The concept of 'language game' has already grown far beyond the initial conception of a children's game. One of the problems with Wittgenstein's naming of the concept is that it seems to imply the simplicity or frivolity of children playing, this is a mistake. 'Rule governed activity' covers pretty much all of human behaviour and particularly interaction between people. It can be seen that all language is a form of 'language game' when we try to locate the meaning of words.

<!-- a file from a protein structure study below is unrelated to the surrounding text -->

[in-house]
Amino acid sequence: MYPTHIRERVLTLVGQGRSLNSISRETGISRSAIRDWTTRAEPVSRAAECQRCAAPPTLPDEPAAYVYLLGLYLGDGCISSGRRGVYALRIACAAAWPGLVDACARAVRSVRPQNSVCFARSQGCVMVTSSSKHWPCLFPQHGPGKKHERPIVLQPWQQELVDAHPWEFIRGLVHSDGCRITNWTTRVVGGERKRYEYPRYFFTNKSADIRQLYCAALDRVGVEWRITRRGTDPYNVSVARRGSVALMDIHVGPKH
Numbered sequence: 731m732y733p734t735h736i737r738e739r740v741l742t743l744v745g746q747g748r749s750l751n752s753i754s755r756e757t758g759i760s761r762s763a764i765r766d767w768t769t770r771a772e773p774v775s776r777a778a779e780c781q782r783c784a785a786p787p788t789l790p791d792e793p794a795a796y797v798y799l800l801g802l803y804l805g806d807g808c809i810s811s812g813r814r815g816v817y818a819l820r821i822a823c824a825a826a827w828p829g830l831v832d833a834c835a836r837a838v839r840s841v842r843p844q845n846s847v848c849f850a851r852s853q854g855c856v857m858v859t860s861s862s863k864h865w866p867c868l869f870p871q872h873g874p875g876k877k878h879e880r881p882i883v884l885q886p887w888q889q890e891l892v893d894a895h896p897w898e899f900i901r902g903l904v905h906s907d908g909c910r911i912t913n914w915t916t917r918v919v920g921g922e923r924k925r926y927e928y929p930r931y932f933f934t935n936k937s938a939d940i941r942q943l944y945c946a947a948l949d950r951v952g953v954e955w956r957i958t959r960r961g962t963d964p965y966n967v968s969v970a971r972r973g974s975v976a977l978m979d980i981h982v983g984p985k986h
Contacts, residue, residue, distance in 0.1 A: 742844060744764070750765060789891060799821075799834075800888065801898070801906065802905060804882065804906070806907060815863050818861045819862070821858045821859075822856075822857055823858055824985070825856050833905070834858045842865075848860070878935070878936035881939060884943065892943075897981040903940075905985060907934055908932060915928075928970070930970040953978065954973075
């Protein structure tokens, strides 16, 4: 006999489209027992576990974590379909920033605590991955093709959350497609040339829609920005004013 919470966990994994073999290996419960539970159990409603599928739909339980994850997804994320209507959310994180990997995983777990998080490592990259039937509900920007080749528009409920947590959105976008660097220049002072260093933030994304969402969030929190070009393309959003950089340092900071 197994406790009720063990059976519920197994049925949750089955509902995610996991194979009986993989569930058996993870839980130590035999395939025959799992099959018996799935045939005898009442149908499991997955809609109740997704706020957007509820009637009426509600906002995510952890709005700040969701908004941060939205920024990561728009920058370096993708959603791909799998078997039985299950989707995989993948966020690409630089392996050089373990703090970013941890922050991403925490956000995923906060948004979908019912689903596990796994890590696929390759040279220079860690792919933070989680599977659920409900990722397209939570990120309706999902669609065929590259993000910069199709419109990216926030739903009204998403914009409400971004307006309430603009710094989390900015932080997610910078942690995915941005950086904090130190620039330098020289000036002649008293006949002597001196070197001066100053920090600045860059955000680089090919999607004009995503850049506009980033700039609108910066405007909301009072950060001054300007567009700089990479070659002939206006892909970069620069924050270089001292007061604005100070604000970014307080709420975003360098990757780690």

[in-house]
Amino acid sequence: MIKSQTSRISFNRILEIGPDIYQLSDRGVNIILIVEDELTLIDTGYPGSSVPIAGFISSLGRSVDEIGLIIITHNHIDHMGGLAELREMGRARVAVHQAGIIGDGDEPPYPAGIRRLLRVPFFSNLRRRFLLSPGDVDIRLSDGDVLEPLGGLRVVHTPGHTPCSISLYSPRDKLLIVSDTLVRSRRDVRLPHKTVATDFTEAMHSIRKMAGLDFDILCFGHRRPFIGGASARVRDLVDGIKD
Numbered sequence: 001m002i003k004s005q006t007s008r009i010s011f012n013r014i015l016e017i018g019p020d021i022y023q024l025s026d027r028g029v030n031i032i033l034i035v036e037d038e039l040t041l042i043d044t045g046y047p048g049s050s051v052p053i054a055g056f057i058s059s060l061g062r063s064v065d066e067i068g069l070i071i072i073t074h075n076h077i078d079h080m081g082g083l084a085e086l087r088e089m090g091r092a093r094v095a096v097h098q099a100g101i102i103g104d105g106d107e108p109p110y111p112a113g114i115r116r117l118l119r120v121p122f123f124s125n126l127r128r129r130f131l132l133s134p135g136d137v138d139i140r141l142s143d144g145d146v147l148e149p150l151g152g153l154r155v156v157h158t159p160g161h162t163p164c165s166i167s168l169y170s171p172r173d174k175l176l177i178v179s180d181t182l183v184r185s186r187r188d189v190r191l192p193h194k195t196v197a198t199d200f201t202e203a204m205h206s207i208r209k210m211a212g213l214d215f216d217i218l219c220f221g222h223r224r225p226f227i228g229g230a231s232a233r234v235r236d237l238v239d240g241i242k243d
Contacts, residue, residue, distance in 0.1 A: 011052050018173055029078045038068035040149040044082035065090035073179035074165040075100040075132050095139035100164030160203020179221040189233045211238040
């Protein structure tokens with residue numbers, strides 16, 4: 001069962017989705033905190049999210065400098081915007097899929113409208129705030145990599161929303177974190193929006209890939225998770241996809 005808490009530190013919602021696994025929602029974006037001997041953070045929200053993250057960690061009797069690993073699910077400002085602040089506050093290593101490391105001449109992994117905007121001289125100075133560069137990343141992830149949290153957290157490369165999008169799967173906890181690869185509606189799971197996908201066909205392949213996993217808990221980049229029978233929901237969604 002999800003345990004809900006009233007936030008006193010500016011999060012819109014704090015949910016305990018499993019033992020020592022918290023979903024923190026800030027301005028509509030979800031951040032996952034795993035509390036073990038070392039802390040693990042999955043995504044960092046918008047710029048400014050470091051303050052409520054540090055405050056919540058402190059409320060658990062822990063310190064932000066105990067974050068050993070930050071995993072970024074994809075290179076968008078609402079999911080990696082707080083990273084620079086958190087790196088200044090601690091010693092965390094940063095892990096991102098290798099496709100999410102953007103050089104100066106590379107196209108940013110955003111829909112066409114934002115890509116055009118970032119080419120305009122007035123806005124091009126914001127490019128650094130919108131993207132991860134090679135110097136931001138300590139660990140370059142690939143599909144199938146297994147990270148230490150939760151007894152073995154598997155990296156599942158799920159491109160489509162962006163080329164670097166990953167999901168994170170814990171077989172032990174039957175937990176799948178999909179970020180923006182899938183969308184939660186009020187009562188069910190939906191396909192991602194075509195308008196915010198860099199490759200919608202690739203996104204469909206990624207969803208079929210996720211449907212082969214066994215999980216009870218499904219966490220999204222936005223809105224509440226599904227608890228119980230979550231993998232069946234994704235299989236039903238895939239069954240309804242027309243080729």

There are two traditional approaches to assigning meaning in language, the reflective theory and the expressionist theory. The reflective theory claims that each word has meaning because it represents some object in the world. Meaning in a sentence is built up from the component meanings of the individual words, the sentence reflecting some arrangement of objects in the world. This assumes that for each word there is some object we can point to, fixing the meaning, but problems arise when we consider statements such as 'There is no dog in the basket'. How is this arrangement different from there being no cat in the basket? The reflective theory ultimately leads to large areas of human endeavour, such as aesthetics and ethics, being categorised as, at best, meaningless. Wittgenstein developed his own reflective theory of language in his Tractatus Logico-Philosophicus but was not satisfied with the limits it imposed. The expressionist position is that meaning is derived because language is a reflection of our innermost thoughts, ie. we have thoughts and translate them into language. Wittgenstein doubted that it was possible to have thoughts without language: "When I think in language, there aren't 'meanings' going through my mind in addition to the verbal expressions: the language is itself the vehicle of thought."[f5 ibid., remark 329. ] He discounted the possibility of a private language of thought from which our language can then derive meaning because language, by its very nature, is a shared thing ("[A] wheel that can be turned though nothing else moves with it, is not part of the mechanism."[f6 ibid., remark 271. ]). A language that exists for only one person is a contradiction.